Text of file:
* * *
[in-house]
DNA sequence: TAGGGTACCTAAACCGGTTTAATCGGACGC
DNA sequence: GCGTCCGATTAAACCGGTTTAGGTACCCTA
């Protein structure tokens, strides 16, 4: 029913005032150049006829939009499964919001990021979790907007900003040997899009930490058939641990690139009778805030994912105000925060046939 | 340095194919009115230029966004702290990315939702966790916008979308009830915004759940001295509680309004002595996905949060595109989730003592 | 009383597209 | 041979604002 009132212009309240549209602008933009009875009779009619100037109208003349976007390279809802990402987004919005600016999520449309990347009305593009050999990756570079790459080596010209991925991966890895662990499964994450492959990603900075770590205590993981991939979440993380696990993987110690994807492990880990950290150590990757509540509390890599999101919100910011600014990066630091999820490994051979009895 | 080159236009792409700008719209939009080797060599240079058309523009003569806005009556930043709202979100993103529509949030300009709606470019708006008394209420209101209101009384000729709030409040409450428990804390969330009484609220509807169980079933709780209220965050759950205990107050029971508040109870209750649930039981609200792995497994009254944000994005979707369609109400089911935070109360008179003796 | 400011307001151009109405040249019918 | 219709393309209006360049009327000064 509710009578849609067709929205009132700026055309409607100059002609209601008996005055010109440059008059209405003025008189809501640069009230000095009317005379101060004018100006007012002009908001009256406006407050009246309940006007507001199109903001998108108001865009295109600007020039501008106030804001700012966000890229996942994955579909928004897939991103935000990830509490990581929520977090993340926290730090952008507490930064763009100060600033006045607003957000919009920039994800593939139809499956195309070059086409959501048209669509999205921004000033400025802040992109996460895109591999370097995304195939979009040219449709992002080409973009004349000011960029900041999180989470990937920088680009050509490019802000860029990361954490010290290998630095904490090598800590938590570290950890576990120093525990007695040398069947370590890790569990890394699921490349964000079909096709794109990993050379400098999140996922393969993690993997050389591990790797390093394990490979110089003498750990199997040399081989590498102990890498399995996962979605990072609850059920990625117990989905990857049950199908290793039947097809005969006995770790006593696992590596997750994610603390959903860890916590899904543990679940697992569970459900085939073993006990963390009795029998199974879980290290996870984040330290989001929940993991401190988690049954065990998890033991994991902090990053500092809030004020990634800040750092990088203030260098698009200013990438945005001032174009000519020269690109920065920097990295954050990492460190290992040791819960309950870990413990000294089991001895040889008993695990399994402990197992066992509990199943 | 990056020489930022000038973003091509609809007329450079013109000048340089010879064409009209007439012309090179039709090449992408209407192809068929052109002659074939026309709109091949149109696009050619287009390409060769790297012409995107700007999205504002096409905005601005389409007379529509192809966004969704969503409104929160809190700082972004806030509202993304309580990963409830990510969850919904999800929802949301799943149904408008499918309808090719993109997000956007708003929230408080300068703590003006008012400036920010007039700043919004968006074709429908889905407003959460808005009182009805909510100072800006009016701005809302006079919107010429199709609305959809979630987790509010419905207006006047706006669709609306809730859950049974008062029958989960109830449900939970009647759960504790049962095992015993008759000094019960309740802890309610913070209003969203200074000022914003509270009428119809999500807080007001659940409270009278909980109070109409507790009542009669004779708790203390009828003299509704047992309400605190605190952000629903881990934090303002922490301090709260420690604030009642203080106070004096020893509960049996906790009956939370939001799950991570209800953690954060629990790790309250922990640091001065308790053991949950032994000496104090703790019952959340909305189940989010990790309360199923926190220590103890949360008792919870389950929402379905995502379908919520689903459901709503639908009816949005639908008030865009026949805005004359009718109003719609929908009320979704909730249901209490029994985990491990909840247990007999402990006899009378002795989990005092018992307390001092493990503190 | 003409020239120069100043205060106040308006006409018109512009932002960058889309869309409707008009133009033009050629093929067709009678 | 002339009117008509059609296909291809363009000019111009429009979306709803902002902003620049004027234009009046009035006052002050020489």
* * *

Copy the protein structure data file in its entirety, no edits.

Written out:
[in-house]
DNA sequence: TAGGGTACCTAAACCGGTTTAATCGGACGC
DNA sequence: GCGTCCGATTAAACCGGTTTAGGTACCCTA
């Protein structure tokens, strides 16, 4: 029913005032150049006829939009499964919001990021979790907007900003040997899009930490058939641990690139009778805030994912105000925060046939 | 340095194919009115230029966004702290990315939702966790916008979308009830915004759940001295509680309004002595996905949060595109989730003592 | 009383597209 | 041979604002 009132212009309240549209602008933009009875009779009619100037109208003349976007390279809802990402987004919005600016999520449309990347009305593009050999990756570079790459080596010209991925991966890895662990499964994450492959990603900075770590205590993981991939979440993380696990993987110690994807492990880990950290150590990757509540509390890599999101919100910011600014990066630091999820490994051979009895 | 080159236009792409700008719209939009080797060599240079058309523009003569806005009556930043709202979100993103529509949030300009709606470019708006008394209420209101209101009384000729709030409040409450428990804390969330009484609220509807169980079933709780209220965050759950205990107050029971508040109870209750649930039981609200792995497994009254944000994005979707369609109400089911935070109360008179003796 | 400011307001151009109405040249019918 | 219709393309209006360049009327000064 509710009578849609067709929205009132700026055309409607100059002609209601008996005055010109440059008059209405003025008189809501640069009230000095009317005379101060004018100006007012002009908001009256406006407050009246309940006007507001199109903001998108108001865009295109600007020039501008106030804001700012966000890229996942994955579909928004897939991103935000990830509490990581929520977090993340926290730090952008507490930064763009100060600033006045607003957000919009920039994800593939139809499956195309070059086409959501048209669509999205921004000033400025802040992109996460895109591999370097995304195939979009040219449709992002080409973009004349000011960029900041999180989470990937920088680009050509490019802000860029990361954490010290290998630095904490090598800590938590570290950890576990120093525990007695040398069947370590890790569990890394699921490349964000079909096709794109990993050379400098999140996922393969993690993997050389591990790797390093394990490979110089003498750990199997040399081989590498102990890498399995996962979605990072609850059920990625117990989905990857049950199908290793039947097809005969006995770790006593696992590596997750994610603390959903860890916590899904543990679940697992569970459900085939073993006990963390009795029998199974879980290290996870984040330290989001929940993991401190988690049954065990998890033991994991902090990053500092809030004020990634800040750092990088203030260098698009200013990438945005001032174009000519020269690109920065920097990295954050990492460190290992040791819960309950870990413990000294089991001895040889008993695990399994402990197992066992509990199943 | 990056020489930022000038973003091509609809007329450079013109000048340089010879064409009209007439012309090179039709090449992408209407192809068929052109002659074939026309709109091949149109696009050619287009390409060769790297012409995107700007999205504002096409905005601005389409007379529509192809966004969704969503409104929160809190700082972004806030509202993304309580990963409830990510969850919904999800929802949301799943149904408008499918309808090719993109997000956007708003929230408080300068703590003006008012400036920010007039700043919004968006074709429908889905407003959460808005009182009805909510100072800006009016701005809302006079919107010429199709609305959809979630987790509010419905207006006047706006669709609306809730859950049974008062029958989960109830449900939970009647759960504790049962095992015993008759000094019960309740802890309610913070209003969203200074000022914003509270009428119809999500807080007001659940409270009278909980109070109409507790009542009669004779708790203390009828003299509704047992309400605190605190952000629903881990934090303002922490301090709260420690604030009642203080106070004096020893509960049996906790009956939370939001799950991570209800953690954060629990790790309250922990640091001065308790053991949950032994000496104090703790019952959340909305189940989010990790309360199923926190220590103890949360008792919870389950929402379905995502379908919520689903459901709503639908009816949005639908008030865009026949805005004359009718109003719609929908009320979704909730249901209490029994985990491990909840247990007999402990006899009378002795989990005092018992307390001092493990503190 | 003409020239120069100043205060106040308006006409018109512009932002960058889309869309409707008009133009033009050629093929067709009678 | 002339009117008509059609296909291809363009000019111009429009979306709803902002902003620049004027234009009046009035006052002050020489």